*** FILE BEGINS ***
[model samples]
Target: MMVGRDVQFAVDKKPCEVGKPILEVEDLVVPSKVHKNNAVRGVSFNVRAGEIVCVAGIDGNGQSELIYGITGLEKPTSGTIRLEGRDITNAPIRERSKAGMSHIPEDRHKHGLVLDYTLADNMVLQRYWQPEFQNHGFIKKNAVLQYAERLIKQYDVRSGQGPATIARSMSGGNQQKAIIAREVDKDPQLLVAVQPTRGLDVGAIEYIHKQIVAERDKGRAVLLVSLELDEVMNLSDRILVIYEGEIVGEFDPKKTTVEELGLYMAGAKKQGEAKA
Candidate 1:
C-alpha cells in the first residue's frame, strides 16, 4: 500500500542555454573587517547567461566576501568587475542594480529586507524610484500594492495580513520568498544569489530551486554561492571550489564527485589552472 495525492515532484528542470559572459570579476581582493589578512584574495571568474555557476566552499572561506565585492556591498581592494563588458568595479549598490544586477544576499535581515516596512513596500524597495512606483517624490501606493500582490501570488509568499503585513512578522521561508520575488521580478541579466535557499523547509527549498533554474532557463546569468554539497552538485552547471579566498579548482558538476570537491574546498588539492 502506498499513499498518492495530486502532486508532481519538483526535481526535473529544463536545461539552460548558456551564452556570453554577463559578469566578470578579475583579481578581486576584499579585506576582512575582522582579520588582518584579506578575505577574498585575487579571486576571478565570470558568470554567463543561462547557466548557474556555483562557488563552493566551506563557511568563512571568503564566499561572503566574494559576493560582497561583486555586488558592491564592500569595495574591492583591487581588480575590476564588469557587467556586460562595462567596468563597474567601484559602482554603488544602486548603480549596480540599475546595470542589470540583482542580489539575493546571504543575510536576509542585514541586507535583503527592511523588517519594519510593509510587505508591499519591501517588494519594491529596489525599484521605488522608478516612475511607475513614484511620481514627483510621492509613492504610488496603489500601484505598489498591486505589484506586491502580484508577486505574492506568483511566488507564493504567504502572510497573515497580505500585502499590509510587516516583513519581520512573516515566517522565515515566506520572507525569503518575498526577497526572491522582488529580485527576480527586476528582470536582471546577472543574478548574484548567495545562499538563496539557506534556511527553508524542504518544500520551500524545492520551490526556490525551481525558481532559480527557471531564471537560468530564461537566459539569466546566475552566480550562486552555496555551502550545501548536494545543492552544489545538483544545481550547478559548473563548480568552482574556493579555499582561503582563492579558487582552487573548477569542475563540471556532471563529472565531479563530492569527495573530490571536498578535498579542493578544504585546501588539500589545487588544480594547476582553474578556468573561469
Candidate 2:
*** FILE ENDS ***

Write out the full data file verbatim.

[model samples]
Target: MMVGRDVQFAVDKKPCEVGKPILEVEDLVVPSKVHKNNAVRGVSFNVRAGEIVCVAGIDGNGQSELIYGITGLEKPTSGTIRLEGRDITNAPIRERSKAGMSHIPEDRHKHGLVLDYTLADNMVLQRYWQPEFQNHGFIKKNAVLQYAERLIKQYDVRSGQGPATIARSMSGGNQQKAIIAREVDKDPQLLVAVQPTRGLDVGAIEYIHKQIVAERDKGRAVLLVSLELDEVMNLSDRILVIYEGEIVGEFDPKKTTVEELGLYMAGAKKQGEAKA
Candidate 1:
C-alpha cells in the first residue's frame, strides 16, 4: 500500500542555454573587517547567461566576501568587475542594480529586507524610484500594492495580513520568498544569489530551486554561492571550489564527485589552472 495525492515532484528542470559572459570579476581582493589578512584574495571568474555557476566552499572561506565585492556591498581592494563588458568595479549598490544586477544576499535581515516596512513596500524597495512606483517624490501606493500582490501570488509568499503585513512578522521561508520575488521580478541579466535557499523547509527549498533554474532557463546569468554539497552538485552547471579566498579548482558538476570537491574546498588539492 502506498499513499498518492495530486502532486508532481519538483526535481526535473529544463536545461539552460548558456551564452556570453554577463559578469566578470578579475583579481578581486576584499579585506576582512575582522582579520588582518584579506578575505577574498585575487579571486576571478565570470558568470554567463543561462547557466548557474556555483562557488563552493566551506563557511568563512571568503564566499561572503566574494559576493560582497561583486555586488558592491564592500569595495574591492583591487581588480575590476564588469557587467556586460562595462567596468563597474567601484559602482554603488544602486548603480549596480540599475546595470542589470540583482542580489539575493546571504543575510536576509542585514541586507535583503527592511523588517519594519510593509510587505508591499519591501517588494519594491529596489525599484521605488522608478516612475511607475513614484511620481514627483510621492509613492504610488496603489500601484505598489498591486505589484506586491502580484508577486505574492506568483511566488507564493504567504502572510497573515497580505500585502499590509510587516516583513519581520512573516515566517522565515515566506520572507525569503518575498526577497526572491522582488529580485527576480527586476528582470536582471546577472543574478548574484548567495545562499538563496539557506534556511527553508524542504518544500520551500524545492520551490526556490525551481525558481532559480527557471531564471537560468530564461537566459539569466546566475552566480550562486552555496555551502550545501548536494545543492552544489545538483544545481550547478559548473563548480568552482574556493579555499582561503582563492579558487582552487573548477569542475563540471556532471563529472565531479563530492569527495573530490571536498578535498579542493578544504585546501588539500589545487588544480594547476582553474578556468573561469
Candidate 2: